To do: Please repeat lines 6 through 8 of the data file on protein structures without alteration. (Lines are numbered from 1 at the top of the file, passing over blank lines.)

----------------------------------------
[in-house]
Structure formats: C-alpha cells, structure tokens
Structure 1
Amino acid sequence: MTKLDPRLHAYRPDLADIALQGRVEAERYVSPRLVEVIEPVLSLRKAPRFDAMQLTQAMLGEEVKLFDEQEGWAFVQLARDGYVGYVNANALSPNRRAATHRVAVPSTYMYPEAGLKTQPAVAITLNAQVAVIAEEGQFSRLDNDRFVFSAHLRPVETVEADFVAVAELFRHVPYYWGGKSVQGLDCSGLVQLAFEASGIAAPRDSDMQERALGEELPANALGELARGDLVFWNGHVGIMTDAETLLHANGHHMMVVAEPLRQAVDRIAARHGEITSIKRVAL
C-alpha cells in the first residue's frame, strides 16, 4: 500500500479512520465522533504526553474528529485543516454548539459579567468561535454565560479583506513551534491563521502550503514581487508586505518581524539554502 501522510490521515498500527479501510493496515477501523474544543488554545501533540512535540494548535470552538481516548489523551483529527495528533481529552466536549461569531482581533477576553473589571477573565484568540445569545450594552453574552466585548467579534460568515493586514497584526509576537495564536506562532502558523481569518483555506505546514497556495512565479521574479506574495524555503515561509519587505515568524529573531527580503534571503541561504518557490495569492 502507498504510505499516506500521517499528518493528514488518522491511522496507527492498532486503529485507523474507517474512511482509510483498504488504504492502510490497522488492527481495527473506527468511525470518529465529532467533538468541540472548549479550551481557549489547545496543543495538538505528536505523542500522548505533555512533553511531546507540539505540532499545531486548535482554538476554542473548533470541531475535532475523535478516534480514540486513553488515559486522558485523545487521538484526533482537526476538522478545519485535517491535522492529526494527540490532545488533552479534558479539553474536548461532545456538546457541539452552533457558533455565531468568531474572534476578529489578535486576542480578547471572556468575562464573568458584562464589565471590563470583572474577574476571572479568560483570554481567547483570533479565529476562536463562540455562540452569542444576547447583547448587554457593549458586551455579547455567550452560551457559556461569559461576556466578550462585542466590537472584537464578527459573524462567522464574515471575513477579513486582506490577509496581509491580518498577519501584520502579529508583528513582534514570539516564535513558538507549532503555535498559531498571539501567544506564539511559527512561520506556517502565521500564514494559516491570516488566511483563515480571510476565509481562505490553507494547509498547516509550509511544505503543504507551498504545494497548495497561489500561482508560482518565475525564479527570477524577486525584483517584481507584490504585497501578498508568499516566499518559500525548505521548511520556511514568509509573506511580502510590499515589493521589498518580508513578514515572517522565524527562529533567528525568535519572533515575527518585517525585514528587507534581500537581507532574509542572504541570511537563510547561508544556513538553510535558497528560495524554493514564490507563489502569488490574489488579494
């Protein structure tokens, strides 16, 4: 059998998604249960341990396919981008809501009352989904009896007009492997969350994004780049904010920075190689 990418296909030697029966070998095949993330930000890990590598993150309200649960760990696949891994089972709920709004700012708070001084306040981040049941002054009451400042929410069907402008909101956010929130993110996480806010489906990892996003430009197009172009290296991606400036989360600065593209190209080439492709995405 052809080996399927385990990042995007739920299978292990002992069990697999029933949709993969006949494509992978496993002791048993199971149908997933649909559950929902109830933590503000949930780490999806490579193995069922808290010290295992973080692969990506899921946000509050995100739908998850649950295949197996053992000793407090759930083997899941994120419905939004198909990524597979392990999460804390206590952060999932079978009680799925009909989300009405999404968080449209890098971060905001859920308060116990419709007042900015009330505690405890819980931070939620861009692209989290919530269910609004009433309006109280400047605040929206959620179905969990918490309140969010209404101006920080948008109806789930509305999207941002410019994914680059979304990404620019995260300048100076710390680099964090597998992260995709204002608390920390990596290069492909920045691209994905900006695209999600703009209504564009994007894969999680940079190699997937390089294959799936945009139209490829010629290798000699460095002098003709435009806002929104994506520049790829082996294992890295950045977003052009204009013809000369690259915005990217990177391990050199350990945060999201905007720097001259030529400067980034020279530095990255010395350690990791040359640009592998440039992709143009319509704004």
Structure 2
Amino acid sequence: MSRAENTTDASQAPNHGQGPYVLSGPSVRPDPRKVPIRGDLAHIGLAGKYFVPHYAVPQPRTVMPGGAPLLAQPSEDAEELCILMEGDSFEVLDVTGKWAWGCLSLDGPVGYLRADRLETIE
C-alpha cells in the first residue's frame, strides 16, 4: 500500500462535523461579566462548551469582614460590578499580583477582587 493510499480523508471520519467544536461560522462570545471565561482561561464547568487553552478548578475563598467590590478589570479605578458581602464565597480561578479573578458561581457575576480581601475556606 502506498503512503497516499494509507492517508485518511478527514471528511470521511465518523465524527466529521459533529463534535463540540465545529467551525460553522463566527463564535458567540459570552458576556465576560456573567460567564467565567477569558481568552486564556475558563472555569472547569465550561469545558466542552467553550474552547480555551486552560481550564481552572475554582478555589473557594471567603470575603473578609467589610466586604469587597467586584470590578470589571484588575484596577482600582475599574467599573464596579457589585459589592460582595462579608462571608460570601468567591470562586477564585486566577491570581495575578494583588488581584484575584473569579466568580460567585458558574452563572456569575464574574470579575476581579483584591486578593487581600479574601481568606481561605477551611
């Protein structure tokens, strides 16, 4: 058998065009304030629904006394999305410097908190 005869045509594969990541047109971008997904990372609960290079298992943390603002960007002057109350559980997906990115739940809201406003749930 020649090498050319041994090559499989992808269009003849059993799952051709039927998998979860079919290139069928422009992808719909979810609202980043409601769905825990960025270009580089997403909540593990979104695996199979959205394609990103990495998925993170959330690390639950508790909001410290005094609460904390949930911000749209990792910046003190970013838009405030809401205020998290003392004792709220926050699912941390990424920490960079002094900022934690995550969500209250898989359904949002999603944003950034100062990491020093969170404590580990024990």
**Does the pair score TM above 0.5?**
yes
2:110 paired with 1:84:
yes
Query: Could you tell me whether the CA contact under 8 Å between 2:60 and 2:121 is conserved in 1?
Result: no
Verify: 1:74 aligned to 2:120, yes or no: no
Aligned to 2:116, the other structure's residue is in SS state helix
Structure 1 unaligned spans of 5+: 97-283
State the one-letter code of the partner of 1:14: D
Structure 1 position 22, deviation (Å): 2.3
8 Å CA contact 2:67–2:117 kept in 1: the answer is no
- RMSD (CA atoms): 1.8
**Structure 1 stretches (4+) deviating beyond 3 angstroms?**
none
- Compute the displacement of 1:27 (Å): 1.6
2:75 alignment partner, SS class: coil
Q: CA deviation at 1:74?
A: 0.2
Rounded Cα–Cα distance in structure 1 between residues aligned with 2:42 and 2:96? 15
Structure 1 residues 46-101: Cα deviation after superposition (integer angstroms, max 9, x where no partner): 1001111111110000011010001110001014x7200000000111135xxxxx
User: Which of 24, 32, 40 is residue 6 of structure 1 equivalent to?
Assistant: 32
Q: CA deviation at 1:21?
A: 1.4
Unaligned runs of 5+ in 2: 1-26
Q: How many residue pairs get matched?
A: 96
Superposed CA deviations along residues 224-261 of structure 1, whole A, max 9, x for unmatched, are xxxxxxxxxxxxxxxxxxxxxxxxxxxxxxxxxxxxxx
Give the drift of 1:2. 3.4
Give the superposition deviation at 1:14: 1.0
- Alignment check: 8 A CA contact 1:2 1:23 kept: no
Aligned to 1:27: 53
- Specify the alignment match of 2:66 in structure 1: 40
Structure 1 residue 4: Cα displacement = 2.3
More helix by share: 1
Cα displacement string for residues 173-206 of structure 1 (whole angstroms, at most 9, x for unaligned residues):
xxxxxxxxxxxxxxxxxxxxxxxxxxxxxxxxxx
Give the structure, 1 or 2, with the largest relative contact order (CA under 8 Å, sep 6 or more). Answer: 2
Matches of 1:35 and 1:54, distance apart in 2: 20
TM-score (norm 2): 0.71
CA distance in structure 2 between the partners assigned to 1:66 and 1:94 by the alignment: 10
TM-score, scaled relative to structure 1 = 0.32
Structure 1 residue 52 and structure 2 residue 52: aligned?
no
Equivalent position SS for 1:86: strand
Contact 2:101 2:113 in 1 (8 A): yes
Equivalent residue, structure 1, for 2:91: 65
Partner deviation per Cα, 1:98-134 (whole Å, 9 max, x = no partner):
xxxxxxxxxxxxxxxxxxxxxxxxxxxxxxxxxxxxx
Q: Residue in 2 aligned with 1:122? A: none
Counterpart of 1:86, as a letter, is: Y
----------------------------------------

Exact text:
């Protein structure tokens, strides 16, 4: 059998998604249960341990396919981008809501009352989904009896007009492997969350994004780049904010920075190689 990418296909030697029966070998095949993330930000890990590598993150309200649960760990696949891994089972709920709004700012708070001084306040981040049941002054009451400042929410069907402008909101956010929130993110996480806010489906990892996003430009197009172009290296991606400036989360600065593209190209080439492709995405 052809080996399927385990990042995007739920299978292990002992069990697999029933949709993969006949494509992978496993002791048993199971149908997933649909559950929902109830933590503000949930780490999806490579193995069922808290010290295992973080692969990506899921946000509050995100739908998850649950295949197996053992000793407090759930083997899941994120419905939004198909990524597979392990999460804390206590952060999932079978009680799925009909989300009405999404968080449209890098971060905001859920308060116990419709007042900015009330505690405890819980931070939620861009692209989290919530269910609004009433309006109280400047605040929206959620179905969990918490309140969010209404101006920080948008109806789930509305999207941002410019994914680059979304990404620019995260300048100076710390680099964090597998992260995709204002608390920390990596290069492909920045691209994905900006695209999600703009209504564009994007894969999680940079190699997937390089294959799936945009139209490829010629290798000699460095002098003709435009806002929104994506520049790829082996294992890295950045977003052009204009013809000369690259915005990217990177391990050199350990945060999201905007720097001259030529400067980034020279530095990255010395350690990791040359640009592998440039992709143009319509704004």
Structure 2
Amino acid sequence: MSRAENTTDASQAPNHGQGPYVLSGPSVRPDPRKVPIRGDLAHIGLAGKYFVPHYAVPQPRTVMPGGAPLLAQPSEDAEELCILMEGDSFEVLDVTGKWAWGCLSLDGPVGYLRADRLETIE